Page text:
Leaving Delhi to visit the College the next day, we travel the old trunk road to Jaipur. It seems the whole of India is on the move, turning the road into an eight-hour traffic jam of wobbling three-to-a seat-motorbikes and wildly-coloured trucks covered in images of blue multi-limbed gods. Beyond Jaipur the road becomes quieter and the green brown plains of the Rajastani desert stretch out towards a bulbous purple sun. This is an area of subsistence farming and seasonal rhythm, ever teetering on the cusp of grinding poverty. As we turn into a rough track that leads us to Tilonia, we see people working the fields, women carrying bags of grain back to the village and cattle wandering louchely by. It is a scene that could come from nearly any developing country and Tilonia, a dust-dry, low-walled collection of houses, could be any village.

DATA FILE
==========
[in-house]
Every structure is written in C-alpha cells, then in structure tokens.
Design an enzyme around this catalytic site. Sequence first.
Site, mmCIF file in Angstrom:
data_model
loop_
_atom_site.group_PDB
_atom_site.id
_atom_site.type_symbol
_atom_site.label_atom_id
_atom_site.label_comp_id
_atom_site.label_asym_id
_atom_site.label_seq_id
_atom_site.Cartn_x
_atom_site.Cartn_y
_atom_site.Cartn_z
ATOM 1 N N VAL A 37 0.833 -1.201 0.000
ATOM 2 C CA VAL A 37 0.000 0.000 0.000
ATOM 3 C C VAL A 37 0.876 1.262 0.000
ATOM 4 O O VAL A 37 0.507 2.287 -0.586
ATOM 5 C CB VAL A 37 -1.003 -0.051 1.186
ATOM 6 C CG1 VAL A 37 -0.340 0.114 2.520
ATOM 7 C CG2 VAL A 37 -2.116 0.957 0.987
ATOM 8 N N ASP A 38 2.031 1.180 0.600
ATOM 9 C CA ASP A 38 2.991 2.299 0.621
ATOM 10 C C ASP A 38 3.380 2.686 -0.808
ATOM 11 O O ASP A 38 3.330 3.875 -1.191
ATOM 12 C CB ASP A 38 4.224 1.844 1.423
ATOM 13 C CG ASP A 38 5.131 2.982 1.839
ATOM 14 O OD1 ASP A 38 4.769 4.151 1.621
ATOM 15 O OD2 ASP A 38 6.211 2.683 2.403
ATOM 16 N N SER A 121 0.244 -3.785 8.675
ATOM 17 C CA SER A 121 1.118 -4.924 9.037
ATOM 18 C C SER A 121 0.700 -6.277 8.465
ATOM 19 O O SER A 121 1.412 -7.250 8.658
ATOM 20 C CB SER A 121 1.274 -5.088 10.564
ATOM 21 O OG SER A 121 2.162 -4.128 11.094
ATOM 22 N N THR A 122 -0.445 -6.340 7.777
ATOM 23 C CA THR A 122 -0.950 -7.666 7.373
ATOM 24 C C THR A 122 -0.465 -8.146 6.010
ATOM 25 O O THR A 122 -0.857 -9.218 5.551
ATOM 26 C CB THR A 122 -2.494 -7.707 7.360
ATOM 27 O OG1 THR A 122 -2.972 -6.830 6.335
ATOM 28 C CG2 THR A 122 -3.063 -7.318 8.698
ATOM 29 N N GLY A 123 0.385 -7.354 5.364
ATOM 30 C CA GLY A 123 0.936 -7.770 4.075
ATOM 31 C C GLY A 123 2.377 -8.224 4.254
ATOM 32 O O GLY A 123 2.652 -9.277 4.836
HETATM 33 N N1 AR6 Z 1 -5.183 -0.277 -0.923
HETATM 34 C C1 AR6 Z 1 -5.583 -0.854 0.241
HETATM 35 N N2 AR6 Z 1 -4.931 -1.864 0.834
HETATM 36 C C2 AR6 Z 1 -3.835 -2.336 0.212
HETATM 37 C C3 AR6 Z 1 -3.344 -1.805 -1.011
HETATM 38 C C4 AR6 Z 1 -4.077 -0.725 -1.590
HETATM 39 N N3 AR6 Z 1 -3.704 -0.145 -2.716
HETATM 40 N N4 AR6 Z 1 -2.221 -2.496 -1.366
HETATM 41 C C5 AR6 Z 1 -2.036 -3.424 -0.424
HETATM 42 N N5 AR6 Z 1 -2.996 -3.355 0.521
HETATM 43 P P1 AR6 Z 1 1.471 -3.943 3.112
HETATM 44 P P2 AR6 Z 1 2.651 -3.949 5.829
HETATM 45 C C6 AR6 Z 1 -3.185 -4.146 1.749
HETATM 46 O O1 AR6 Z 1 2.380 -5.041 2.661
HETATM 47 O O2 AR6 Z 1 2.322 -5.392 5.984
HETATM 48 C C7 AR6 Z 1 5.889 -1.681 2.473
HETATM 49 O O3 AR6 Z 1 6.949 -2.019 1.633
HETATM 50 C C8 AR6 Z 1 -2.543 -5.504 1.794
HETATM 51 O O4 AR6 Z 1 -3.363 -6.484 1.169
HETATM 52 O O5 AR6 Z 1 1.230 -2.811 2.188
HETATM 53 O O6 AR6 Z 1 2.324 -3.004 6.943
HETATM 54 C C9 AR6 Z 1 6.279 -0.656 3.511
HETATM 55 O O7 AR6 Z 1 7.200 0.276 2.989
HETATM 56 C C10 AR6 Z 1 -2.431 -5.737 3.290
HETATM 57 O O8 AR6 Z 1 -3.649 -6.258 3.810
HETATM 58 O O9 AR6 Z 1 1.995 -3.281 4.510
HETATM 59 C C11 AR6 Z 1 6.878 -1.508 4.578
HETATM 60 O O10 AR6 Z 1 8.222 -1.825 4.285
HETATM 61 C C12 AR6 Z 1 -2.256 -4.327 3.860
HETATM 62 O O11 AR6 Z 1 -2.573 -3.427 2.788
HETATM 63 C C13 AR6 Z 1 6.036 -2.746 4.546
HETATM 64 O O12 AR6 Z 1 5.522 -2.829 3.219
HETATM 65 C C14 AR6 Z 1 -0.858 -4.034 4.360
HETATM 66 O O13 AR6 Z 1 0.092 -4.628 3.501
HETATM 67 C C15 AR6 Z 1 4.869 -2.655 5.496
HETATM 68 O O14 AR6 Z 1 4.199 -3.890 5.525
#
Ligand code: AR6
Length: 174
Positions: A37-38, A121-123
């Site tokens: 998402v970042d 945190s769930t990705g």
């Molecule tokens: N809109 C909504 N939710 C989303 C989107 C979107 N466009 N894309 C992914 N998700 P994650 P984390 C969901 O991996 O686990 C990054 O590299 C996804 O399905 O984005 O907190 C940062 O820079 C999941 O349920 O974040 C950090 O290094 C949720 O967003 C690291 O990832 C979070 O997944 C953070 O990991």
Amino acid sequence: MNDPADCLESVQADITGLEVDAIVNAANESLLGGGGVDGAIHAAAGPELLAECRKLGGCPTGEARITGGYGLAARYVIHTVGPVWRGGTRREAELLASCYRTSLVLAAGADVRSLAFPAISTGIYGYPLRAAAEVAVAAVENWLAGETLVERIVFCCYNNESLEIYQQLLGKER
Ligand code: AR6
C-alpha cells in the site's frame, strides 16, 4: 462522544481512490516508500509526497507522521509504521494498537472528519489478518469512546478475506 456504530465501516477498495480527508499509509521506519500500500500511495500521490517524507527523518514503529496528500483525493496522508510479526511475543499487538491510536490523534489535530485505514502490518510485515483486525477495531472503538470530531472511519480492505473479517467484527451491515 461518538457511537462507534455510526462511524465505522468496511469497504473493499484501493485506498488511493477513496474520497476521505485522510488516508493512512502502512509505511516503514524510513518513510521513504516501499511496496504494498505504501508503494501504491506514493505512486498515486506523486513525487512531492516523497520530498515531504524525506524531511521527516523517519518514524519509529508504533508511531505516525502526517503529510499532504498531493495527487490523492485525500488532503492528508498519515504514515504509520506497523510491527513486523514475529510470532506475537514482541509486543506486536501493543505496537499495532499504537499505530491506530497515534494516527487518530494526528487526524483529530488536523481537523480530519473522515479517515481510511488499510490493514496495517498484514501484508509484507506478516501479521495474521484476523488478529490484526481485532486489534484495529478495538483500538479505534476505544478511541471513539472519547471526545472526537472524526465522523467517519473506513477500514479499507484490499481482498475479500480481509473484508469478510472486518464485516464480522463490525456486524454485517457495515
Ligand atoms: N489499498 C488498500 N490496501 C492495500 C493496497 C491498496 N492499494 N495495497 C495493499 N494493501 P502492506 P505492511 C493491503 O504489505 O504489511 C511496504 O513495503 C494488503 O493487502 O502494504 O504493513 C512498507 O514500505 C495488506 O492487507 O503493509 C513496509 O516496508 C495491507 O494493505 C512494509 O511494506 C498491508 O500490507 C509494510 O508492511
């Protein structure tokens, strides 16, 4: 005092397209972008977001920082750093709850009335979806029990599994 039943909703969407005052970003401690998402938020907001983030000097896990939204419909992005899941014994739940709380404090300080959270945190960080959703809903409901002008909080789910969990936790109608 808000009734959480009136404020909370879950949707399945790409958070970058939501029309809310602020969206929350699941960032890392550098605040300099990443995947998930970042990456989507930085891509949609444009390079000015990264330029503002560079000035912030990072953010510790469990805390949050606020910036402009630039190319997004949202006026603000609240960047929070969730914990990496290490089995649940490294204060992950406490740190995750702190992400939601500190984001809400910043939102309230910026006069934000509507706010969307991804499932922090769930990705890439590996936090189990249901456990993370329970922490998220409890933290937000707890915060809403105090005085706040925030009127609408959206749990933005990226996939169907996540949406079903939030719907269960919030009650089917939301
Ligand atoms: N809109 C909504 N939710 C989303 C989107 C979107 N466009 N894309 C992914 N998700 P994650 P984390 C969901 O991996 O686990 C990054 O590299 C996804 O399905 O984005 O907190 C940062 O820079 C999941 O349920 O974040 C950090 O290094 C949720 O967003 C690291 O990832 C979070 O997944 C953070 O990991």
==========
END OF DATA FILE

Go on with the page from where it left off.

Why do we need someone from Oxford or Stanford to tell us how to tackle poverty? They spend one week in a village and think they understand the problems
But in Tilonia, the problems of poor rural communities have been largely solved: every house has a solar panel on its roof, a solar-powered pump gives a constant supply of water, a beehive hut houses a small telephone exchange and in one small room I find a College administrator busy working on a solar-powered laptop. Though what is most remarkable about the village is that it is otherwise so unremarkable. There are no signs telling you that this is the Barefoot College, no branding, no fresh faced western volunteers walking around in ‘Barefoot College’ t-shirts, none of the bureaucracy and aggressive marketing that one sees when visiting western NGO-funded projects. Tilonia remains an ordinary village, it just happens to be where something extraordinary is happening.